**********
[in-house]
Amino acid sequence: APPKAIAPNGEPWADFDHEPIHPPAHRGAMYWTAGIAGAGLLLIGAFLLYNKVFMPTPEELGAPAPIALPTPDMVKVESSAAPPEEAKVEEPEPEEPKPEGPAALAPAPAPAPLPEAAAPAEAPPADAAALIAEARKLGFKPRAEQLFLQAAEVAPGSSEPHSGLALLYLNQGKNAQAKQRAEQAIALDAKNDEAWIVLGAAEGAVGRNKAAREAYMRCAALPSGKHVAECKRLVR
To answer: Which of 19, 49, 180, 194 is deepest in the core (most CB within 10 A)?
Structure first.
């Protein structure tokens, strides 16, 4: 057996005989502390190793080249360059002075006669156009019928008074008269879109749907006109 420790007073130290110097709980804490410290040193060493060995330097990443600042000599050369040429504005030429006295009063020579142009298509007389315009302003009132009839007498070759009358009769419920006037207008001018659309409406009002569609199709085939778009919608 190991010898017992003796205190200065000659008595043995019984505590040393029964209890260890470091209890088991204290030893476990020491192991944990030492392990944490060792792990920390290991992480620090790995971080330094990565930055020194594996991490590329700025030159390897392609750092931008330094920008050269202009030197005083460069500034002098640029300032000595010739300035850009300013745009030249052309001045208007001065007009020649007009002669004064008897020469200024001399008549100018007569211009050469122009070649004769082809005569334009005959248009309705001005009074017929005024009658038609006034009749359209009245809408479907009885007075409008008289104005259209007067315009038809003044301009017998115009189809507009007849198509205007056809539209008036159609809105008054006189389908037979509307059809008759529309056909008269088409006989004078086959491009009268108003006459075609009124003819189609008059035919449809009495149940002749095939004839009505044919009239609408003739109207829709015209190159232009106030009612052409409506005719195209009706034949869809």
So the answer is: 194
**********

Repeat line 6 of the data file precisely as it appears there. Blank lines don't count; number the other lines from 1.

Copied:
So the answer is: 194